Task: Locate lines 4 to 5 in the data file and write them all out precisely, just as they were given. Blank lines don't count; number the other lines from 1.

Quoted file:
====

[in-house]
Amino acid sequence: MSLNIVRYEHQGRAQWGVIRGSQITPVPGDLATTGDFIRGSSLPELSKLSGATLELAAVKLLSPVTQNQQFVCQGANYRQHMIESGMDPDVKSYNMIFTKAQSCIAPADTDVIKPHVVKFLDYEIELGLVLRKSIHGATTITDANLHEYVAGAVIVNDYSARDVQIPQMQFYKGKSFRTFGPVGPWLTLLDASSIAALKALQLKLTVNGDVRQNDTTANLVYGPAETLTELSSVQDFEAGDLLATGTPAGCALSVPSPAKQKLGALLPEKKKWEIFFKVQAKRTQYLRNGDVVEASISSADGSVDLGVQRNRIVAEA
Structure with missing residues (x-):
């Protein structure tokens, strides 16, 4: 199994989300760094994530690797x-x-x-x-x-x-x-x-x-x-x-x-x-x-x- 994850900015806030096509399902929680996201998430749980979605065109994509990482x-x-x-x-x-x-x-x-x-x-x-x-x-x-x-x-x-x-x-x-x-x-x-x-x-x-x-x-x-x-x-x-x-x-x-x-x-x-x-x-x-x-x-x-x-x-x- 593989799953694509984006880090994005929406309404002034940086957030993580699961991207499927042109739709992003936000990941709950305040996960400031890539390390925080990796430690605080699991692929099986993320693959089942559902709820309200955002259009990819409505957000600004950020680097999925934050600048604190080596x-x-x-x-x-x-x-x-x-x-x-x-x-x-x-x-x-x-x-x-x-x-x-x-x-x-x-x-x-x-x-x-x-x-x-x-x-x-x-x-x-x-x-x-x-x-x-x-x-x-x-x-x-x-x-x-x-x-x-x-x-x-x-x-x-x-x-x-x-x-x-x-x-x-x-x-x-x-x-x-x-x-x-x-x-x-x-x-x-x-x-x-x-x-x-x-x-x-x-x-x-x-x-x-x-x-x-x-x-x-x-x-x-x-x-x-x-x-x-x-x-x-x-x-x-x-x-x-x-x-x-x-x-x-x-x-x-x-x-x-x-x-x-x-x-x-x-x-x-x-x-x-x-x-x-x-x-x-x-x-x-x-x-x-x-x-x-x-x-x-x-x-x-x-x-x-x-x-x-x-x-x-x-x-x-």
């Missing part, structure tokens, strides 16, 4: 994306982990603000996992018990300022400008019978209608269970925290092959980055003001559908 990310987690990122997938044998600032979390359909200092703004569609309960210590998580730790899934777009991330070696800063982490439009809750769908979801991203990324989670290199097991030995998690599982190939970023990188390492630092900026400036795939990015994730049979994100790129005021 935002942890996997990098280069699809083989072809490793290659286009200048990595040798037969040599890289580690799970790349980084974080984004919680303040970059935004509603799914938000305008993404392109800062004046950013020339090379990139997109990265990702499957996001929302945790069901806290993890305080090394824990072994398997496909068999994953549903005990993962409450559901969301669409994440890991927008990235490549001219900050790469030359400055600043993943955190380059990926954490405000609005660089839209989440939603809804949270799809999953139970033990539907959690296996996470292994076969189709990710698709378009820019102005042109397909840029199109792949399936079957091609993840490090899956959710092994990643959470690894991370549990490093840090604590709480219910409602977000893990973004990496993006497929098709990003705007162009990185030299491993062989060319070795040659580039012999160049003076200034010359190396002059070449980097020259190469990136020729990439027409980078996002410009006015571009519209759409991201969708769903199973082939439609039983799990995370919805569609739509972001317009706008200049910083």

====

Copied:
């Protein structure tokens, strides 16, 4: 199994989300760094994530690797x-x-x-x-x-x-x-x-x-x-x-x-x-x-x- 994850900015806030096509399902929680996201998430749980979605065109994509990482x-x-x-x-x-x-x-x-x-x-x-x-x-x-x-x-x-x-x-x-x-x-x-x-x-x-x-x-x-x-x-x-x-x-x-x-x-x-x-x-x-x-x-x-x-x-x- 593989799953694509984006880090994005929406309404002034940086957030993580699961991207499927042109739709992003936000990941709950305040996960400031890539390390925080990796430690605080699991692929099986993320693959089942559902709820309200955002259009990819409505957000600004950020680097999925934050600048604190080596x-x-x-x-x-x-x-x-x-x-x-x-x-x-x-x-x-x-x-x-x-x-x-x-x-x-x-x-x-x-x-x-x-x-x-x-x-x-x-x-x-x-x-x-x-x-x-x-x-x-x-x-x-x-x-x-x-x-x-x-x-x-x-x-x-x-x-x-x-x-x-x-x-x-x-x-x-x-x-x-x-x-x-x-x-x-x-x-x-x-x-x-x-x-x-x-x-x-x-x-x-x-x-x-x-x-x-x-x-x-x-x-x-x-x-x-x-x-x-x-x-x-x-x-x-x-x-x-x-x-x-x-x-x-x-x-x-x-x-x-x-x-x-x-x-x-x-x-x-x-x-x-x-x-x-x-x-x-x-x-x-x-x-x-x-x-x-x-x-x-x-x-x-x-x-x-x-x-x-x-x-x-x-x-x-």
């Missing part, structure tokens, strides 16, 4: 994306982990603000996992018990300022400008019978209608269970925290092959980055003001559908 990310987690990122997938044998600032979390359909200092703004569609309960210590998580730790899934777009991330070696800063982490439009809750769908979801991203990324989670290199097991030995998690599982190939970023990188390492630092900026400036795939990015994730049979994100790129005021 935002942890996997990098280069699809083989072809490793290659286009200048990595040798037969040599890289580690799970790349980084974080984004919680303040970059935004509603799914938000305008993404392109800062004046950013020339090379990139997109990265990702499957996001929302945790069901806290993890305080090394824990072994398997496909068999994953549903005990993962409450559901969301669409994440890991927008990235490549001219900050790469030359400055600043993943955190380059990926954490405000609005660089839209989440939603809804949270799809999953139970033990539907959690296996996470292994076969189709990710698709378009820019102005042109397909840029199109792949399936079957091609993840490090899956959710092994990643959470690894991370549990490093840090604590709480219910409602977000893990973004990496993006497929098709990003705007162009990185030299491993062989060319070795040659580039012999160049003076200034010359190396002059070449980097020259190469990136020729990439027409980078996002410009006015571009519209759409991201969708769903199973082939439609039983799990995370919805569609739509972001317009706008200049910083």